The best quote of the cycling season so far comes from the entertaining Brian Holm, the head DS for Omega-Pharma QuickStep. When Levi Leipheimer crashed out of Paris-Nice, Holm was thrilled that the American wasn’t more seriously injured because, “Levi, he is made of chocolate.”
In fact, Leipheimer, Bradley Wiggins (Sky) and Janez Brajkovic (Astana) are all made of chocolate and the dire question is whether they can survive what is always a dangerous first week at the Tour de France.
At last years’ Tour, Wiggins broke his collarbone on stage seven to Chateauroux — the flattest stage in the entire three week jaunt through France. Brajkovic didn’t even make it that far, suffering a nasty head injury and concussion that knocked him out of the race on stage five — the same crash that took down another piece of chocolate in Robert Gesink of Rabobank.
Leipheimer himself did what he called “guard rail surfing” and went down hard at least three times and losing large chucks of precious time. He said at the time that “the tour is being decided by crashes.”
Skinny little climbers don’t have much padding to cushion the impacts and the first week in France features narrow roads and too many riders with fresh legs. It’s Le Tour and even the domestiques think they might get lucky.
Bradley Wiggins has had a dream season so far and the absolute perfect build-up to the Tour. His team is stacked with high priced talent and climbers galore. It’s all wasted if he can’t make it to stage seven, the medium mountains on the way to La Planche Des Belles Filles. There’s nothing Mr. Kerrigan, his genius former swimming coach can do about some Euskatel or Cofidis rider slamming on the brakes right in front of Wiggins. They don’t bust collarbones in the pool.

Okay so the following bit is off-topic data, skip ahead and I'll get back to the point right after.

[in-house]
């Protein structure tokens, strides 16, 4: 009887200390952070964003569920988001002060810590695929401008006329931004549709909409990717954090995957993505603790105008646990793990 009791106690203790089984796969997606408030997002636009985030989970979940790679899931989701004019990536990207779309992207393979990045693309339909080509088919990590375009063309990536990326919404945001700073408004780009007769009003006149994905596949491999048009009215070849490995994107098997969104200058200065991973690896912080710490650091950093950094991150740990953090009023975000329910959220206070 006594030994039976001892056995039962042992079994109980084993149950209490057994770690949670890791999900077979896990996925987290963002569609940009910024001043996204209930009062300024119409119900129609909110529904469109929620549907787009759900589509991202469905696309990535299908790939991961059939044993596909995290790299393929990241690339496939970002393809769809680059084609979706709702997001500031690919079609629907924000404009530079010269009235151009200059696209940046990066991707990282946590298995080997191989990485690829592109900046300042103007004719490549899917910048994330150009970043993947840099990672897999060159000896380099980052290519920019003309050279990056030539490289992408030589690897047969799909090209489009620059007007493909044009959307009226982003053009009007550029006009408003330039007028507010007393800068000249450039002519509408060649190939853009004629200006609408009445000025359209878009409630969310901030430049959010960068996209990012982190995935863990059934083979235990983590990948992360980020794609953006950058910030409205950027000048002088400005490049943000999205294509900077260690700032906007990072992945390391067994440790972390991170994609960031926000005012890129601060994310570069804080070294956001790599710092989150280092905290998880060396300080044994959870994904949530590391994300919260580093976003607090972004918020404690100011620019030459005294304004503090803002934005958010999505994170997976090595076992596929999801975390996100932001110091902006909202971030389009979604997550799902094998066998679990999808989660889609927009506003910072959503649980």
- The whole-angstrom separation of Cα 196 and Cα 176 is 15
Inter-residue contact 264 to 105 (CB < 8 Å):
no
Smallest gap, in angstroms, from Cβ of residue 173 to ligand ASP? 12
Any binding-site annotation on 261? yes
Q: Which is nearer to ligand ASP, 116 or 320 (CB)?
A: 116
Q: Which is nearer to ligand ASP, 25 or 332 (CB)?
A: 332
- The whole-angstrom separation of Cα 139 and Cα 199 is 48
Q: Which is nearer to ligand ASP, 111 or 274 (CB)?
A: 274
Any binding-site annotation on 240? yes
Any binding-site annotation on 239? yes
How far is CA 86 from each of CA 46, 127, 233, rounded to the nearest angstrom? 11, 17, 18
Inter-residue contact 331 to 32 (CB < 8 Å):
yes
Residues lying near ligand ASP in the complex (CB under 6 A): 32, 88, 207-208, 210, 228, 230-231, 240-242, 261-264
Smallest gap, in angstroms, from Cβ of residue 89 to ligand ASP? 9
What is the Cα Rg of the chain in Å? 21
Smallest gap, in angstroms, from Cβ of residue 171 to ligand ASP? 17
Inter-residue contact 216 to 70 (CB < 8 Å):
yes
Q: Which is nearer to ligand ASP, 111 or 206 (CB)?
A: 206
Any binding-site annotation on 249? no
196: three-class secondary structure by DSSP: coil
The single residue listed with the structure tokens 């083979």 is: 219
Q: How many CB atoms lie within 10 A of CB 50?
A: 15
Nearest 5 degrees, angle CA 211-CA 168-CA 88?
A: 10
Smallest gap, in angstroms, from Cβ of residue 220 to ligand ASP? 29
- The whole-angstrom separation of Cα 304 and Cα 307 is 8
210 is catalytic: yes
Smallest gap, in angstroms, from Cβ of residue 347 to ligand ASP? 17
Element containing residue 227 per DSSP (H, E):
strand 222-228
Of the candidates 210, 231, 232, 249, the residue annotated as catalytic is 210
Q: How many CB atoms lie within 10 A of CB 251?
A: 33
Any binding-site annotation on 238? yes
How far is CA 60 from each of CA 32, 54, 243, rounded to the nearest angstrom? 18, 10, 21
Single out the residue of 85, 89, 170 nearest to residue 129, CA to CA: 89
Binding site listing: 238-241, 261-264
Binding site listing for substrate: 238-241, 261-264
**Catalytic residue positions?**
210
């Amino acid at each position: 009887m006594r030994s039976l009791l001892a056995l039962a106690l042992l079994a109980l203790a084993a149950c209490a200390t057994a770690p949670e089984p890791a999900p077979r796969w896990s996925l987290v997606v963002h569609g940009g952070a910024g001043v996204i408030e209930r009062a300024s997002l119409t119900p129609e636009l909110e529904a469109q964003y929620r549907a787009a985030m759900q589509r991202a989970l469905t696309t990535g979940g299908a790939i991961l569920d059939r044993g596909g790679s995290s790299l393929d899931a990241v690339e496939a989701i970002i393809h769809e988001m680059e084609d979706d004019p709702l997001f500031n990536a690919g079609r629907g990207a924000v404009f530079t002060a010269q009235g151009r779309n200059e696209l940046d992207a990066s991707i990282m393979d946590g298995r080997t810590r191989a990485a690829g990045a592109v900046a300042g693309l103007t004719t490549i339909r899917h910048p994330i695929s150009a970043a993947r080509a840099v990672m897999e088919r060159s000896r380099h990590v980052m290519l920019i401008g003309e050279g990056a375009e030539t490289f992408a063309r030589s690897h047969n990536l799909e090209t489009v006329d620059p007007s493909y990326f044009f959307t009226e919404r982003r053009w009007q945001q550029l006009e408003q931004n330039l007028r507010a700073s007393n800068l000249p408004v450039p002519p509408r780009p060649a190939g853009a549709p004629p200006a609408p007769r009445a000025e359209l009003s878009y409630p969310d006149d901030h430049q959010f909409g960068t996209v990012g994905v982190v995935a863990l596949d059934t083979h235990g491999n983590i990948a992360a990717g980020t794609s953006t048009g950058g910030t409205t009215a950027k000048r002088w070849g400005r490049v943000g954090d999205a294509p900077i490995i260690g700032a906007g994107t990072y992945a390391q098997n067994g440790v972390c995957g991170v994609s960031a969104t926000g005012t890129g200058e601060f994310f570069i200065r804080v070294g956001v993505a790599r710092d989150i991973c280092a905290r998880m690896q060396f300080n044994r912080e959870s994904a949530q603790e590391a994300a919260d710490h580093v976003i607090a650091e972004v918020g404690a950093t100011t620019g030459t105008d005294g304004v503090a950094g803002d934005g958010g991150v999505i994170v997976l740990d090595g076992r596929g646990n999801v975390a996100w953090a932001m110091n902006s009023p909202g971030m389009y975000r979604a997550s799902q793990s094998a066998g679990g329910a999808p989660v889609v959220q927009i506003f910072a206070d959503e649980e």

Over at Astana, the news is that Brajkovic and the notorious Alexander Vinokourov will both be riding La Grande Boucle. “Brajkovic will be our man for the GC but I do not want to set any specific goals for him,” said team manager Giuseppe Martinelli. “I know that he will give everything to get a good result, both for himself and for the team.” That’s if his luck is better this time around and he somehow survives the craziness and crashes that plagued the 2011 Tour.
Leipheimer is back on track after his Paris-Nice crash and later his near death experience — and broken fibula — being hit by a car after a training ride in Spain. Omega Pharma boss Patrick Lefevere said they’re bringing a strong team to support Leipheimer and that the little guy from Santa Rosa is “enjoying a period of crescendo.” Let’s hope that doesn’t all come crashing down on the tarmac. You can’t glue pieces of chocolate back together and not even Jedi physiologist Allen Lim and his bag of recovery tricks and save Levi if he goes over the bars.
They always say it’s the strongest man who wins the Tour de France. It’s also the man who isn’t made of chocolate.